4 times in 4 days: Russian military aircraft fly off US coast

Updated 7:27 PM EDT, Fri April 21, 2017
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Story highlights

The two most recent sightings occurred late Wednesday and on Thursday

Russian aircraft have also been spotted recently flying near the coastline of US allies, including Japan

(CNN) —  

Russian military aircraft were spotted flying off the coast of Alaska for the fourth time in as many days, a spokesperson for the North American Aerospace Defense Command told CNN on Friday.

The two most recent sightings occurred late Wednesday and on Thursday, with the first involving two IL-38 maritime patrol aircraft and the second involving two Tu-95 nuclear-capable Bear bombers.

Russian aircraft never entered US airspace but US F-22s and Canadian CF-18s jets were dispatched to perform an intercept during Thursday’s encounter, according to NORAD.

“Obviously – we are aware of it,” White House press secretary Sean Spicer told reporters on Friday. “This is not highly unusual … but we monitor everything.”

On Thursday, the bombers entered the Alaskan Air Defense Identification Zone 700 nautical miles southwest of Anchorage – significantly farther from the US coastline than two other encounters that occurred on Monday and Tuesday.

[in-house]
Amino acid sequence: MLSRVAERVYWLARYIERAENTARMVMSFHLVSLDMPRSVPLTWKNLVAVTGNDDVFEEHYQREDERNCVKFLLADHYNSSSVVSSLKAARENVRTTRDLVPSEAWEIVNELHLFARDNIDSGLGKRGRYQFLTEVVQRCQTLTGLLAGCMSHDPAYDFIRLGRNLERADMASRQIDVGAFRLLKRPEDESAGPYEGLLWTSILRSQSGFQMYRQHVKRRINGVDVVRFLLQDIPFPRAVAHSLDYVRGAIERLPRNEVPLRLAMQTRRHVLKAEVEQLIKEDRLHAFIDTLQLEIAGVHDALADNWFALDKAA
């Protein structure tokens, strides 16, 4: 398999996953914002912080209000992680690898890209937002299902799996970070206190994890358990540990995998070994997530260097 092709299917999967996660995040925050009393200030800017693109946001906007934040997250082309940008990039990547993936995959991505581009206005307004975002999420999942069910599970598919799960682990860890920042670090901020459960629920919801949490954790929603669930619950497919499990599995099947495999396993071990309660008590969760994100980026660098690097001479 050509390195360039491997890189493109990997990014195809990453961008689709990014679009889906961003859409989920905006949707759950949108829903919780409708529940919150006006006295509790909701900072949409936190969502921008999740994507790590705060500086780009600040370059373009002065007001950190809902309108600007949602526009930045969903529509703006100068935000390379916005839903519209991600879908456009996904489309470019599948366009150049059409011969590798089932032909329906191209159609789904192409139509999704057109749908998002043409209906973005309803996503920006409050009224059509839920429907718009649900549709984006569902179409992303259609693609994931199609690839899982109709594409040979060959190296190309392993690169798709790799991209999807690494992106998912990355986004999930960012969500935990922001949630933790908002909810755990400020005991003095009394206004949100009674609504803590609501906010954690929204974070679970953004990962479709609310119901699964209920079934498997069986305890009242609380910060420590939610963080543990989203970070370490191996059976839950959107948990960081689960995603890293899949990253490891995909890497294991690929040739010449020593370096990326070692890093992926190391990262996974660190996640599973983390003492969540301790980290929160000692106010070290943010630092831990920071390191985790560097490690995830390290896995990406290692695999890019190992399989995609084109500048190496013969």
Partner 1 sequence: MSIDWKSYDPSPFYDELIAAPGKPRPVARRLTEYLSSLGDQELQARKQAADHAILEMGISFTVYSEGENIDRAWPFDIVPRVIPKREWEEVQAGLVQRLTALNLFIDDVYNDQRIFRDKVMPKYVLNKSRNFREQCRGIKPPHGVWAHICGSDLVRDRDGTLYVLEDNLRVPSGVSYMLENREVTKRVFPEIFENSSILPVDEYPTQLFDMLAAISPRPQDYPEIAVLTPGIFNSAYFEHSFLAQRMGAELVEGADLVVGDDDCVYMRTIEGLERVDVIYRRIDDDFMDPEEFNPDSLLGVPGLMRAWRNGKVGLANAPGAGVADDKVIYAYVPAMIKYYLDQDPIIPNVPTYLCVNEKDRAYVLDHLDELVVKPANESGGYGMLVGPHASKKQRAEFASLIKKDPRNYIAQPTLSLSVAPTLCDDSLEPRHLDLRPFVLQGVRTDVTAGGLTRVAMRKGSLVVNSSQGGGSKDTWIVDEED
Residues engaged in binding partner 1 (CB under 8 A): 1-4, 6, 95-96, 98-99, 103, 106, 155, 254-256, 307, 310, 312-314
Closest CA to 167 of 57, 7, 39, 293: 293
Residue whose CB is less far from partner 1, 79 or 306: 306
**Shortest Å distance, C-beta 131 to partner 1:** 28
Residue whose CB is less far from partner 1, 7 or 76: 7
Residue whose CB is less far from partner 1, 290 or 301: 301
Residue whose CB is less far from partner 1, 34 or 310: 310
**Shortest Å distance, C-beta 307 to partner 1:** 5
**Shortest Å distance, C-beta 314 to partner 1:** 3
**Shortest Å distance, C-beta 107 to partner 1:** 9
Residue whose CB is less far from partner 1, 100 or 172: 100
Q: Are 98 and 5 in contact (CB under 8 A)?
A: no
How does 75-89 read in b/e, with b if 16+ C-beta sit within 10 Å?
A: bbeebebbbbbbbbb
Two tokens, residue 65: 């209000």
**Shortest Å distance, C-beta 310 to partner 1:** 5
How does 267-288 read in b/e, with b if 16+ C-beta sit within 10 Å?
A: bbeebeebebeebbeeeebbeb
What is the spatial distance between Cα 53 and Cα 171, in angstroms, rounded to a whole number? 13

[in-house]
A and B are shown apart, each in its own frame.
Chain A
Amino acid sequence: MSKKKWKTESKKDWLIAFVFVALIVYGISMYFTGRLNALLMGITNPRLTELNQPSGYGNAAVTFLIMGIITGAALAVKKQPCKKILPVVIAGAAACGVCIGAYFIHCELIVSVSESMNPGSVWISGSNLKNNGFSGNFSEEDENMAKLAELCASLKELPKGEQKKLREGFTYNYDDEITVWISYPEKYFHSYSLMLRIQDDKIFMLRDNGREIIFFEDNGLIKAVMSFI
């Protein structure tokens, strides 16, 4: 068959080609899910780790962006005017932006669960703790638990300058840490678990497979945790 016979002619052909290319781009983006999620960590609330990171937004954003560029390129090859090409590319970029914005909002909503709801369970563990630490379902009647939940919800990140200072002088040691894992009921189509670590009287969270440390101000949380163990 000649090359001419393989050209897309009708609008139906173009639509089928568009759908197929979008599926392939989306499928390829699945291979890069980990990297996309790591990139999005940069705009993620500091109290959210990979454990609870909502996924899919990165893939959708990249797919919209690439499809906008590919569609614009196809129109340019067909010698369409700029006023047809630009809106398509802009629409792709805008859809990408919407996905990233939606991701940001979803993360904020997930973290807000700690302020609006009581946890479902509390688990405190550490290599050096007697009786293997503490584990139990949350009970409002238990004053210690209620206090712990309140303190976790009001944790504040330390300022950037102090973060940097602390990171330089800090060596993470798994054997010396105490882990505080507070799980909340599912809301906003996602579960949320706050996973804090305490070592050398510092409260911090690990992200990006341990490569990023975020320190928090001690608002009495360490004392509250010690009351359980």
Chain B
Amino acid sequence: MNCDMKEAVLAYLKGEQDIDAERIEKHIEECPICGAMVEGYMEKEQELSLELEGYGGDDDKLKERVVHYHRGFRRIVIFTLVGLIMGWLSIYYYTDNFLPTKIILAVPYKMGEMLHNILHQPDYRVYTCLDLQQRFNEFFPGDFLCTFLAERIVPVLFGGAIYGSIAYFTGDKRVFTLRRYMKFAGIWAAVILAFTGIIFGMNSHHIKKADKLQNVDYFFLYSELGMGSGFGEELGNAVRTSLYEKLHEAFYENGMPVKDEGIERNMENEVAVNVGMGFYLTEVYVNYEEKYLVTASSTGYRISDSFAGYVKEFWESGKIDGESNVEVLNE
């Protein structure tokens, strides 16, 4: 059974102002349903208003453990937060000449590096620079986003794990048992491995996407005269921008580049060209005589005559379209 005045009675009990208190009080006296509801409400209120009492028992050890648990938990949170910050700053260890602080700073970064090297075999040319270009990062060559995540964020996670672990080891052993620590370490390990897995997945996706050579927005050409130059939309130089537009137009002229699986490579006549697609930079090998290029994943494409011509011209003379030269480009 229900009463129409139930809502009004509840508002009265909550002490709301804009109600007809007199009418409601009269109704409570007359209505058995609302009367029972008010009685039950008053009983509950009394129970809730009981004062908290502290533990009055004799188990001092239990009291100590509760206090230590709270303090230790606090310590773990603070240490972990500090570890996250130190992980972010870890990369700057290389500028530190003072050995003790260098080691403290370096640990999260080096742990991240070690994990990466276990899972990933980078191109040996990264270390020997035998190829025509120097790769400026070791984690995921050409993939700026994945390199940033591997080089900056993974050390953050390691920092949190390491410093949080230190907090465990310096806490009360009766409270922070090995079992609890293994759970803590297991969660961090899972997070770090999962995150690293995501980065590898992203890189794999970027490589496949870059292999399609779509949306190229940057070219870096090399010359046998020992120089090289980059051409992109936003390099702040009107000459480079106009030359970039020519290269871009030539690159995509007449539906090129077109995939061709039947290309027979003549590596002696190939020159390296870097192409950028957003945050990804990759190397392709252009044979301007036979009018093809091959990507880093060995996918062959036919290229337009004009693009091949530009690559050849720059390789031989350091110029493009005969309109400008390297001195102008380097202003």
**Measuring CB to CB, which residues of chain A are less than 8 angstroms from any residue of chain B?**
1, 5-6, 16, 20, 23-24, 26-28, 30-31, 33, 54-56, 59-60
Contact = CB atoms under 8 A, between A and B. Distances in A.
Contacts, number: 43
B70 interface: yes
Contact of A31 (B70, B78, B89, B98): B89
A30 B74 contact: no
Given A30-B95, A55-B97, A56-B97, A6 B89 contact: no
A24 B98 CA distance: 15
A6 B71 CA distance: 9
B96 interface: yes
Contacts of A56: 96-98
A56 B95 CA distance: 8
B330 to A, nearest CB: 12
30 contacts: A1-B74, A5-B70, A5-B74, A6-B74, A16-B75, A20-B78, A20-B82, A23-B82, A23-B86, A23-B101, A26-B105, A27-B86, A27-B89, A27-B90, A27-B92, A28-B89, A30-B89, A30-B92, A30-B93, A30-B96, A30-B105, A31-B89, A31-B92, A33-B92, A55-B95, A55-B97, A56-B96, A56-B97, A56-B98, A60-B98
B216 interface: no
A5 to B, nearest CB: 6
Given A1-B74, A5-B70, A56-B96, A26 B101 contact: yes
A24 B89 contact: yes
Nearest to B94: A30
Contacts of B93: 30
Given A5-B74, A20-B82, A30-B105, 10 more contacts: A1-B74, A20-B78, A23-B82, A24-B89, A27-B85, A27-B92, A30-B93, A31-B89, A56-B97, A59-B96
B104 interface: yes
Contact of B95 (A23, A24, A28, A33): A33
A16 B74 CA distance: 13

The Alaskan Air Defense Identification Zone is a designated region of international airspace, primarily surrounding the US and Canada, that is meant as a buffer to allow for the identification of aircraft heading towards North America.

While these flights pose no real military threat, US defense officials are taking notice of the high frequency at which they’ve occurred this week.

There is “no other way to interpret this other than as strategic messaging,” one official told CNN.

While the Russians have not conducted flights of this nature since 2015, another senior defense official stressed that they are “not a concern” and attributed the uptick to a recent lack of available Russian aircraft and need to boost training.

“We haven’t seen this sort of level of activity for a couple of years,” said John Cornelio, a NORAD spokesperson, though he emphasized it was not “unprecedented” or “unusual.”

This “shows the value of NORAD and that binational US and Canada relationship,” he said, pointing to the two nations working together to identify and intercept the Russian long-range aircraft.

Earlier in the week, US defense officials called recent sightings of the bombers “nothing out of the ordinary” – itself an indication that both nations are toeing the line between routine military posturing and escalating provocation.

On Monday, US F-22 fighter jets intercepted two Russian bombers in international airspace 100 miles from Kodiak Island, Alaska. A US military official called the interaction “safe and professional.”